Its youth drive is more challenging. While scooters may be di rigore for the paninari of Milan, the damage inflicted in Britain on their image by the Mods, Twiggy and Jasper Carrott (remember 'Funky Moped'?) is immeasurable. Corrective advertising has just run on MTV and returns in the autumn. From next Monday, Vespas will appear in the windows of Miss Selfridge. A Piaggio spokeswoman explains: 'We're trying to create a first love of two wheels.'

I'll hire a Vespa for a week, I thought - classic Italian chic, practical as well. Armed with a brochure, I rang Metropolis Motorcycles: 'I'd like the red one please.' Apparently it's not as simple as that. The 'red one' is almost a 125cc and has four gears. Before being let loose on the road with L-plates, I should complete my Compulsory Basic Training (CBT).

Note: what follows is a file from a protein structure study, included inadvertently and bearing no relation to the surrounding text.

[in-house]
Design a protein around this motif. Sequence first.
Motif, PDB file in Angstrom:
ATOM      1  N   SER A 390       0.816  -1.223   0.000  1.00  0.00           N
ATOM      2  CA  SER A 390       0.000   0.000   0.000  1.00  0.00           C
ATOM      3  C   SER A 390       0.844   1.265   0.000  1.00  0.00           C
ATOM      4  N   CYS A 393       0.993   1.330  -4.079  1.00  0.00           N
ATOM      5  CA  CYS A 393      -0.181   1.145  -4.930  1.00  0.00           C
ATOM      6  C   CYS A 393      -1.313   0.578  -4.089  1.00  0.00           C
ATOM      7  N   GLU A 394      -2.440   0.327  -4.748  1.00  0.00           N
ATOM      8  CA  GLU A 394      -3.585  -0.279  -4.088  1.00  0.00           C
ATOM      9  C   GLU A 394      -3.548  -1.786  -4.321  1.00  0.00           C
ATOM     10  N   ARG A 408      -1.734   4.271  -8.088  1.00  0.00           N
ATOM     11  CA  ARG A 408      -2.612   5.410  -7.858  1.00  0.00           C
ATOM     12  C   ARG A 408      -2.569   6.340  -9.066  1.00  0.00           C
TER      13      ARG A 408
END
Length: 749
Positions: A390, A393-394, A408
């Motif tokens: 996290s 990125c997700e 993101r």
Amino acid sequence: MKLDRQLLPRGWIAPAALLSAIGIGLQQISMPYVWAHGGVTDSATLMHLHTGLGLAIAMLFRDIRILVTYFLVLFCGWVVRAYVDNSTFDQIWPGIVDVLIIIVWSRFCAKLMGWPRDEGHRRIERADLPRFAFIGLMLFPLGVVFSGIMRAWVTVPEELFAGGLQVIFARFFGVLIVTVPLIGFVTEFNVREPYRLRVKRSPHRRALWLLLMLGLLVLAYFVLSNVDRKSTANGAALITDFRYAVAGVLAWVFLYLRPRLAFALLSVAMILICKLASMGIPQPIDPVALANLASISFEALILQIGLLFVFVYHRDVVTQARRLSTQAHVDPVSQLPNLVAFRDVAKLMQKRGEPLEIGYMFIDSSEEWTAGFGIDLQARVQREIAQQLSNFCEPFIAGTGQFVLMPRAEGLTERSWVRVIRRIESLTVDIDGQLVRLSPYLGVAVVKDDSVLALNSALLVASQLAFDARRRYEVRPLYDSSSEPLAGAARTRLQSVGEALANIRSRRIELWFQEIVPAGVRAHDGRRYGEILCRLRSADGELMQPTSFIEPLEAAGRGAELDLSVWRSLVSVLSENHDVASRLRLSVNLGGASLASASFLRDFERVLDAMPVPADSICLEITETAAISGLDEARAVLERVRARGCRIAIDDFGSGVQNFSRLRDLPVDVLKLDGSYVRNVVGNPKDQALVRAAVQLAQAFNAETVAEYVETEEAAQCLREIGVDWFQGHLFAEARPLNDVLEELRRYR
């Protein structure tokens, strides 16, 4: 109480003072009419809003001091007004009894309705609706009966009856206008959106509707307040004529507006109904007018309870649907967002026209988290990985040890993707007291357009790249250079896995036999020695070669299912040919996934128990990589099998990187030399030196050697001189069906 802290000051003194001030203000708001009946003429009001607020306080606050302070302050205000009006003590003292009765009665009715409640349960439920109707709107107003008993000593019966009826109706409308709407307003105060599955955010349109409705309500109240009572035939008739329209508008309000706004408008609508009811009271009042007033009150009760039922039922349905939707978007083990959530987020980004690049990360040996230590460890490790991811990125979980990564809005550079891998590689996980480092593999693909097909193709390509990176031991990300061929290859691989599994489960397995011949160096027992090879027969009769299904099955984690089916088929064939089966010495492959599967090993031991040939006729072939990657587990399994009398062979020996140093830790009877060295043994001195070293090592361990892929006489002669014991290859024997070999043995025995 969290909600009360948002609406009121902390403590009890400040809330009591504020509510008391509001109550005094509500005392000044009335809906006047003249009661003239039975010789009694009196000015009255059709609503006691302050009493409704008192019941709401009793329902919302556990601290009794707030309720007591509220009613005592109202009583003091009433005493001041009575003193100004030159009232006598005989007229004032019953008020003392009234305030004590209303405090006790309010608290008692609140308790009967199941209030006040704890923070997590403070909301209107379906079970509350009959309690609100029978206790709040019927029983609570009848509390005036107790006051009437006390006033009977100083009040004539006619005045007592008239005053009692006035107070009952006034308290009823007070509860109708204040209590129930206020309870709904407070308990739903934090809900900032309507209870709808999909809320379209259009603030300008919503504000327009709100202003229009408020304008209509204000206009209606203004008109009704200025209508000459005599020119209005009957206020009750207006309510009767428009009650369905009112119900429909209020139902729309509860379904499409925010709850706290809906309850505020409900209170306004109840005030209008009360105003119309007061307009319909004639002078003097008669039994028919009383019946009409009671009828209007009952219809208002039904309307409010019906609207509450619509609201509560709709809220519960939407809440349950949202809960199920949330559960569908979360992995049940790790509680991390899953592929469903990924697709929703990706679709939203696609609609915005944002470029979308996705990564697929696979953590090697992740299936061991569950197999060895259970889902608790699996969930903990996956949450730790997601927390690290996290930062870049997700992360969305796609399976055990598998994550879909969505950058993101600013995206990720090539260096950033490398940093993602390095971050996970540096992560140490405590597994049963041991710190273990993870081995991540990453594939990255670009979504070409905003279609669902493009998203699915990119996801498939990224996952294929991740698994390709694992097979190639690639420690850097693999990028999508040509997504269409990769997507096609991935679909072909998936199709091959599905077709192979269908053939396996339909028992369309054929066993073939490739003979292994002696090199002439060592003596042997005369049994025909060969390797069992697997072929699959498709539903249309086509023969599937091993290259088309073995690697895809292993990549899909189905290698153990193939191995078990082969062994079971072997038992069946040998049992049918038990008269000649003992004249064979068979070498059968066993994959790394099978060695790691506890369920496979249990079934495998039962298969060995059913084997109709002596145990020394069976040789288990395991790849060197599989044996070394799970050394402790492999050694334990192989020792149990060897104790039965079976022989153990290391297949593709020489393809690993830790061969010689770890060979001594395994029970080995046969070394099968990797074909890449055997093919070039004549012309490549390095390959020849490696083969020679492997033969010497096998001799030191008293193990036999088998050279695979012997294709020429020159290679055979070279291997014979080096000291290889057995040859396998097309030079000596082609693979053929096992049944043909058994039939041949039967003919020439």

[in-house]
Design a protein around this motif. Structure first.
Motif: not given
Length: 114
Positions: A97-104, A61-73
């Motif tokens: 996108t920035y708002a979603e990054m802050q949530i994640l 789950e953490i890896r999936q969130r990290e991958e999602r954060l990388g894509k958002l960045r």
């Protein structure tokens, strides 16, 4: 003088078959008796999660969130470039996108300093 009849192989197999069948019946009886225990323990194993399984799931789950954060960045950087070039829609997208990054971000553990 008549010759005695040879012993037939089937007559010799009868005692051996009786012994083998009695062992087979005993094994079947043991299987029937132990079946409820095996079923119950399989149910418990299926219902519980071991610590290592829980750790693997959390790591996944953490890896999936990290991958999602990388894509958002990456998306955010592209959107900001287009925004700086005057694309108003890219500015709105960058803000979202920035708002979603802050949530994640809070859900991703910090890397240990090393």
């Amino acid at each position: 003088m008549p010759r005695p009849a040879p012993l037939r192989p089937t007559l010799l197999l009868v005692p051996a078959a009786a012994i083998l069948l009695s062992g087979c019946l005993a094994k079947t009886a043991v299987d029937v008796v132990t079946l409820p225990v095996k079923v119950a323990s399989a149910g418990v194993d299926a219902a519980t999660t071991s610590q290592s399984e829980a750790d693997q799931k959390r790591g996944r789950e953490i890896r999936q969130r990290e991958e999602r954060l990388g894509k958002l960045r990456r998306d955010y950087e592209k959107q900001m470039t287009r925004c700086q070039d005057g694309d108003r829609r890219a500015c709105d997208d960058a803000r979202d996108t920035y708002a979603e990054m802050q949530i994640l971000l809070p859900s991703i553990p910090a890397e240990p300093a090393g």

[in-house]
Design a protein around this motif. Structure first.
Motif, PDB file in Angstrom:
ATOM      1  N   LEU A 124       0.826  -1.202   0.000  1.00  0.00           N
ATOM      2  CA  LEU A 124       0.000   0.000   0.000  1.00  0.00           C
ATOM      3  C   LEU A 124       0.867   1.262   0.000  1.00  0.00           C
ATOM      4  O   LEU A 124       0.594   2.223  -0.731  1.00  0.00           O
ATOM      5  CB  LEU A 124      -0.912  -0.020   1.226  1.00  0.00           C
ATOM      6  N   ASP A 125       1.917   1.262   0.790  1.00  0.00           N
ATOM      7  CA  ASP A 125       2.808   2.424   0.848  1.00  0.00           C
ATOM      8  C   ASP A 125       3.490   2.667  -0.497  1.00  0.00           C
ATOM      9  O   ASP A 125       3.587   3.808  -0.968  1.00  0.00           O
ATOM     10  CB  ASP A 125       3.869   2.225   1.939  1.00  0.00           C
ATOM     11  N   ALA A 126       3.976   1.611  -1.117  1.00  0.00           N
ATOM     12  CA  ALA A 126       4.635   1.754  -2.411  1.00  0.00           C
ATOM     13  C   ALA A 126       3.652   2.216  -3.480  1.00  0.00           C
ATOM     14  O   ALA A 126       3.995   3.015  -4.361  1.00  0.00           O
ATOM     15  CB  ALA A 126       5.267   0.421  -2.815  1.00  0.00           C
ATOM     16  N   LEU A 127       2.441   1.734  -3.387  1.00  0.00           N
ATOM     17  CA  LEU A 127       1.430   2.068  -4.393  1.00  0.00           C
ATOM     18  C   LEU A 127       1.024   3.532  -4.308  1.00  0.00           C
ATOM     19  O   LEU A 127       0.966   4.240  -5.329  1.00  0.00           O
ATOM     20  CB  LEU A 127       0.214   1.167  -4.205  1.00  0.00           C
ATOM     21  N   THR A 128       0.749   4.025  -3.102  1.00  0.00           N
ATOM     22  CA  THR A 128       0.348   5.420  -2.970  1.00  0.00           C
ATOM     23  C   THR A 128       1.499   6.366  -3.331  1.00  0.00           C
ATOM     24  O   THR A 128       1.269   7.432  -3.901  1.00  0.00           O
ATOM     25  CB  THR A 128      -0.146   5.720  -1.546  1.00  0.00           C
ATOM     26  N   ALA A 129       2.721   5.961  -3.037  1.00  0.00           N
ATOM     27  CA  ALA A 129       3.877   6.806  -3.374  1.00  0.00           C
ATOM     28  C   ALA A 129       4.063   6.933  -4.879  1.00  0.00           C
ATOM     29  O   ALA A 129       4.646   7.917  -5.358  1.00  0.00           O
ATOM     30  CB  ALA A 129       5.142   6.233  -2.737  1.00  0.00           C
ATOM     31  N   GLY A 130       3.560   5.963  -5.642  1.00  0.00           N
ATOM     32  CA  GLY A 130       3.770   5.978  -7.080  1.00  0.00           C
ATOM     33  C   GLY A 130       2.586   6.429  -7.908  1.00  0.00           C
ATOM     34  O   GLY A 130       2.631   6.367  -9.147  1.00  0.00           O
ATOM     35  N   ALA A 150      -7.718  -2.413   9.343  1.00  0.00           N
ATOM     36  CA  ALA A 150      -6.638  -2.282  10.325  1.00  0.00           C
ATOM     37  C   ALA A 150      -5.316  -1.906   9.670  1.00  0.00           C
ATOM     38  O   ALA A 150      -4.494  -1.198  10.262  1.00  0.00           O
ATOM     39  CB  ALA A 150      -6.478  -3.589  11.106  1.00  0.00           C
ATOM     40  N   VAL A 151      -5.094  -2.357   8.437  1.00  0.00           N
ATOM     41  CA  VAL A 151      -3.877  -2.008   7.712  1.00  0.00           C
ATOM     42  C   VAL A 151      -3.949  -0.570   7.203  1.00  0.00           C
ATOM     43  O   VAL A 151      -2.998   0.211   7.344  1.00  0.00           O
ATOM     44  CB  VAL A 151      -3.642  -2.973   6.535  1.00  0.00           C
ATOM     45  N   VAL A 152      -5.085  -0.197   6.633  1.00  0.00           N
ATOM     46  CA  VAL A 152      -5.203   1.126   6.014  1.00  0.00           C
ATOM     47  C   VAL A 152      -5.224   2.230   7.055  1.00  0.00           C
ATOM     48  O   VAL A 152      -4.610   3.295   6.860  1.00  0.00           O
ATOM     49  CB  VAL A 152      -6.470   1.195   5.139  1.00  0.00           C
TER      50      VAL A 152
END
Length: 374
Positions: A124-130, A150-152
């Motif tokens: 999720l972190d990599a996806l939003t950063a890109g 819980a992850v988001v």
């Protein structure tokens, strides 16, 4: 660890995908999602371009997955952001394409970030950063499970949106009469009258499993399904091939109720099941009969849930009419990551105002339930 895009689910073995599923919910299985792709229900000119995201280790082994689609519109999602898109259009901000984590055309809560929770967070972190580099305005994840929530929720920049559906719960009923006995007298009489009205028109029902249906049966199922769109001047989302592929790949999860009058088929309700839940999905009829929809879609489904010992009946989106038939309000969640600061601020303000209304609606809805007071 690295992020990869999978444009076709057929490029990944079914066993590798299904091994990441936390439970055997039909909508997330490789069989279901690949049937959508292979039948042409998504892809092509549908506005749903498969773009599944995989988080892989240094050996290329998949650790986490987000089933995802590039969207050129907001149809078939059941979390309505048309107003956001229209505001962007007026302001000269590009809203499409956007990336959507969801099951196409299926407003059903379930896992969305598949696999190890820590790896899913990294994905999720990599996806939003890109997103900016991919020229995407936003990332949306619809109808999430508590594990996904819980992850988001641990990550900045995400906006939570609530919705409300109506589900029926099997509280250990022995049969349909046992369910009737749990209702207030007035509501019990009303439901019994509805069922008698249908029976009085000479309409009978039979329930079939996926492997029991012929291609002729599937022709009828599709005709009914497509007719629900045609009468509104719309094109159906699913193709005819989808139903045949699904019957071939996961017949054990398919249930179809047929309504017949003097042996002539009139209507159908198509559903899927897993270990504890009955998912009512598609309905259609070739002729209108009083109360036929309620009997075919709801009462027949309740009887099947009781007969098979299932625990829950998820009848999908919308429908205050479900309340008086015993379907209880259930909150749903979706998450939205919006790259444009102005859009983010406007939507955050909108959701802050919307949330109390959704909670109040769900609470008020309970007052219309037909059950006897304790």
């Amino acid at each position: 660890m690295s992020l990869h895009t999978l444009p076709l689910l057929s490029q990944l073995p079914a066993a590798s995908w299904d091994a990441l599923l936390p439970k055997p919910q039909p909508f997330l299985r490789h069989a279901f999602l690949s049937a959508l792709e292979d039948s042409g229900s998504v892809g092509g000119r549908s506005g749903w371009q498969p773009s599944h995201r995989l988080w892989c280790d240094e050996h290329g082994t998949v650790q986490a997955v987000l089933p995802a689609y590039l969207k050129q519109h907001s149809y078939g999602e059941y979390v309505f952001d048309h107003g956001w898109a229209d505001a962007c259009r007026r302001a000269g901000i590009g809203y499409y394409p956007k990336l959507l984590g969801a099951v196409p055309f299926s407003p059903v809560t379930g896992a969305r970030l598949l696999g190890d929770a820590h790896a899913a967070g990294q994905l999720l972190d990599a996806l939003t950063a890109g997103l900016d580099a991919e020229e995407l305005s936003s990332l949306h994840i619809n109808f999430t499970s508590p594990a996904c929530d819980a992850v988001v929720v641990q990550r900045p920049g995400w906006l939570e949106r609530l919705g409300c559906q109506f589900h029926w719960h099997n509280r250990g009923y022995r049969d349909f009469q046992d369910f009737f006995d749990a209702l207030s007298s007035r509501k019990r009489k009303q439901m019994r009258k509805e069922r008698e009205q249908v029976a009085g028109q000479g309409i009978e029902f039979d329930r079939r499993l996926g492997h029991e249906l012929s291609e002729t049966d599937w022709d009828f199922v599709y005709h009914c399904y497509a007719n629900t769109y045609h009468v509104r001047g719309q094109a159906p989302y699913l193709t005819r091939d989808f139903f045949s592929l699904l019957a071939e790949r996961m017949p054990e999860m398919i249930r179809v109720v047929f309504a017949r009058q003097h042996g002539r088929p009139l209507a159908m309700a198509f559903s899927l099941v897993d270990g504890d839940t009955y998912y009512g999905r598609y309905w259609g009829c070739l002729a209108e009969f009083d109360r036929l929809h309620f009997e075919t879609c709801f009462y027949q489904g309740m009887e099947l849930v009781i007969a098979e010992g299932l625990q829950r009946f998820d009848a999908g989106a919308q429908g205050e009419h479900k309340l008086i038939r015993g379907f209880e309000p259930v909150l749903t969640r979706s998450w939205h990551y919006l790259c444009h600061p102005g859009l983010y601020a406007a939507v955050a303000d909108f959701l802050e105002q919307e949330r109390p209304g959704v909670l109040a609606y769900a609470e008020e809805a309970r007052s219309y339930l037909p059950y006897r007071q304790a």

The first lesson: be seen. Switch on your headlights, wear a day-glo bib and don't be afraid to honk (or in the case of a Vespa, buzz rather pathetically). 'The first thing someone will say after hitting you is, 'Sorry mate, didn't see you',' explains Andy Hale, owner of Metropolis. 'No one is trying to kill you, unless you're in Harlesden.'

A traffic policeman called Frank takes over. I quickly learn why he and so many motor cyclists have cropped hair. Helmets. Put mine on and my fringe scrunches down onto my face. Take it off again and I've developed a very attractive centre parting.

Vespa gears are on the left handlebar with the clutch (why didn't I get an automatic?), front brake and throttle on the right handlebar, back brake on the floor. It's simply a question of coordination. 'And don't forget your life-savers,' Frank keeps shouting. I think of Baywatch, but a life-saver is, in fact the final look over the shoulder before making any manoeuvre.